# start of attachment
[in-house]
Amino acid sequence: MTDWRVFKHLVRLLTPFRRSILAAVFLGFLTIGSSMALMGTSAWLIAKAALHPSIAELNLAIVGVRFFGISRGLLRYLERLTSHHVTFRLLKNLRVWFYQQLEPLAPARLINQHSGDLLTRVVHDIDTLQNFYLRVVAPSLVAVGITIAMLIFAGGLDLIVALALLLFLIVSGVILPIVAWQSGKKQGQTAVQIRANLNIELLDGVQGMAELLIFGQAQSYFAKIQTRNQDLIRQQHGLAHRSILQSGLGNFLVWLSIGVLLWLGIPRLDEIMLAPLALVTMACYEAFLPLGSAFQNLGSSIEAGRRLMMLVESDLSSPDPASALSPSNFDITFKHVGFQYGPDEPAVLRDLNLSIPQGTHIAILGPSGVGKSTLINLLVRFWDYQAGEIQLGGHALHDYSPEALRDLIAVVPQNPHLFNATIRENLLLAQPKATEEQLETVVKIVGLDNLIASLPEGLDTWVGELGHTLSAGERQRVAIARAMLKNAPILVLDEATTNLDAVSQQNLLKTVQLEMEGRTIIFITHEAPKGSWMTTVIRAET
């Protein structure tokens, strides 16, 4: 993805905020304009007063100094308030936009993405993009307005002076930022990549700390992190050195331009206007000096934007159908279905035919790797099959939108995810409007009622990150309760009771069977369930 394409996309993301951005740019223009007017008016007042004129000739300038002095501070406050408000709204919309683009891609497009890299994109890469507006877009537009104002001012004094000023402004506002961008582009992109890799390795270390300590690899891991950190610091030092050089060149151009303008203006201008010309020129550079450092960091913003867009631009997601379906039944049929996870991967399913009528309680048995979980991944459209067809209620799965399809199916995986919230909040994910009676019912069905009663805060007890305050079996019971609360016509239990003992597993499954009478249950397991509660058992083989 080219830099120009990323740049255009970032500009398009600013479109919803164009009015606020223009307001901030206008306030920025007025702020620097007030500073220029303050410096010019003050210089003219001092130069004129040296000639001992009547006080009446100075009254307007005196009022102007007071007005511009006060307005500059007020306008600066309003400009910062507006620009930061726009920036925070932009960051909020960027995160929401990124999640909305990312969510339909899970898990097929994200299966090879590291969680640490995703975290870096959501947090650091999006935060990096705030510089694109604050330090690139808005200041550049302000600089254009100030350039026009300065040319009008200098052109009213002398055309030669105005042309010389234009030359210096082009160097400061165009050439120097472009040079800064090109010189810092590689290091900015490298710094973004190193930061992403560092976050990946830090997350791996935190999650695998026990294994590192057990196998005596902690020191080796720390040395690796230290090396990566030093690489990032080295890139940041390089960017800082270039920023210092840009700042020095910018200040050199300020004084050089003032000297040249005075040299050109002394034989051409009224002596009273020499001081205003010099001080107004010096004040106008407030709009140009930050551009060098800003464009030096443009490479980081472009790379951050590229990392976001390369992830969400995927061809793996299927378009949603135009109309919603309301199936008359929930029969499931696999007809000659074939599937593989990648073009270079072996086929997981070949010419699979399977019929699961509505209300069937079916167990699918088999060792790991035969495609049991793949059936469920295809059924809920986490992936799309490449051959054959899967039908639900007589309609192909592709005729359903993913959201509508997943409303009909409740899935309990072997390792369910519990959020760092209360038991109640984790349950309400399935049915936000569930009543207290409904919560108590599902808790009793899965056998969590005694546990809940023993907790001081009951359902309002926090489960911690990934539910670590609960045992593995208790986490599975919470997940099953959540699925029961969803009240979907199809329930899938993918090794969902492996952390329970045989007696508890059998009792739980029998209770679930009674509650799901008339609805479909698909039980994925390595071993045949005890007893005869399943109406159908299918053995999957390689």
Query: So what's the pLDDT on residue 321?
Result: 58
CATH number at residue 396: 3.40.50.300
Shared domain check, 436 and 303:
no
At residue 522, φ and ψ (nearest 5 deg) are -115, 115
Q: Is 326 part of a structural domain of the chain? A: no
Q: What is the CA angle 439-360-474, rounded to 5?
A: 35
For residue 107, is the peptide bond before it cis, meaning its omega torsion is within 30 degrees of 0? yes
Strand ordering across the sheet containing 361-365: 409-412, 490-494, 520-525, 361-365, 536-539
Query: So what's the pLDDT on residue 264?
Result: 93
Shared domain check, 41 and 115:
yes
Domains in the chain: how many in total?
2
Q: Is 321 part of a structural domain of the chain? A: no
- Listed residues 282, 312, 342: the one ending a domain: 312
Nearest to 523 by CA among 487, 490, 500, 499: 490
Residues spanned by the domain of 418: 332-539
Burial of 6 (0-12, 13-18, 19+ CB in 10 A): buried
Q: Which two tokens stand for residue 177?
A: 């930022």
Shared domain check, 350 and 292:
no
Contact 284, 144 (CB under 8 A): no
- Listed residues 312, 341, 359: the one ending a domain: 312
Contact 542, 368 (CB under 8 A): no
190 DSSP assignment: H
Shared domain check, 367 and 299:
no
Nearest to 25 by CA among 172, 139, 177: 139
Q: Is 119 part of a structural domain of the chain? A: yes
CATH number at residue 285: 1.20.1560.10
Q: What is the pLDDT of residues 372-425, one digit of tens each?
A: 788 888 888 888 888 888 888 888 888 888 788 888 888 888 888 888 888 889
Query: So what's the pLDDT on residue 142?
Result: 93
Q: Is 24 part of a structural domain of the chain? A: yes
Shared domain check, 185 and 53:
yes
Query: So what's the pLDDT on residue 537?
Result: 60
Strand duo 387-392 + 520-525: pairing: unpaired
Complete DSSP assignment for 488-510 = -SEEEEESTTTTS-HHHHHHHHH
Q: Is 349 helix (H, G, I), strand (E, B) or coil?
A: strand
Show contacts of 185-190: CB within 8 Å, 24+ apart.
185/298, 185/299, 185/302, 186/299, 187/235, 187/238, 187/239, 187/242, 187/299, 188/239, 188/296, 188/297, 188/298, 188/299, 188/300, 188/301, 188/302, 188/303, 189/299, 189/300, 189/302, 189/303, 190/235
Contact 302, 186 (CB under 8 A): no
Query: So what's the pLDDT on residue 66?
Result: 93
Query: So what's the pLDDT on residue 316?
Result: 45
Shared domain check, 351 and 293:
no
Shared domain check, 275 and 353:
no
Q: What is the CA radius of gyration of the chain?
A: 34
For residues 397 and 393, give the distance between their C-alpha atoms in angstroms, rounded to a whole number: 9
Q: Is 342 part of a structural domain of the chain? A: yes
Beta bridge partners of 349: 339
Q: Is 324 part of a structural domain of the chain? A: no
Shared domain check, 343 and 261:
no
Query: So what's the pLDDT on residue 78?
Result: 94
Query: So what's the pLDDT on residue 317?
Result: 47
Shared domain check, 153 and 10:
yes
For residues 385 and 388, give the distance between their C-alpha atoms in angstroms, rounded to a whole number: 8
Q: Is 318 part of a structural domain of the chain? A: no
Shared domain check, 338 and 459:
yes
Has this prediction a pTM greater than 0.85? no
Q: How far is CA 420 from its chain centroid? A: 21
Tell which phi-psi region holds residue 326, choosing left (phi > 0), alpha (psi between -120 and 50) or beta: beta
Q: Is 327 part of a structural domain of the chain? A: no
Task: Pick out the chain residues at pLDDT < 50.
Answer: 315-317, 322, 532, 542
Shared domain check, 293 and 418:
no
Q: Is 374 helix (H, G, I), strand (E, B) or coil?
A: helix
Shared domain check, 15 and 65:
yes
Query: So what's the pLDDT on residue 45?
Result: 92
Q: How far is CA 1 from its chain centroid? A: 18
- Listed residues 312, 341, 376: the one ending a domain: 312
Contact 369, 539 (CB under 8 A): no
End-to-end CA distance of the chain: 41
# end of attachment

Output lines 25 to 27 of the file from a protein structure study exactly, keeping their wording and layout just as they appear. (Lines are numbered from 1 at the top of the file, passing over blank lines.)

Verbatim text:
Burial of 6 (0-12, 13-18, 19+ CB in 10 A): buried
Q: Which two tokens stand for residue 177?
A: 């930022």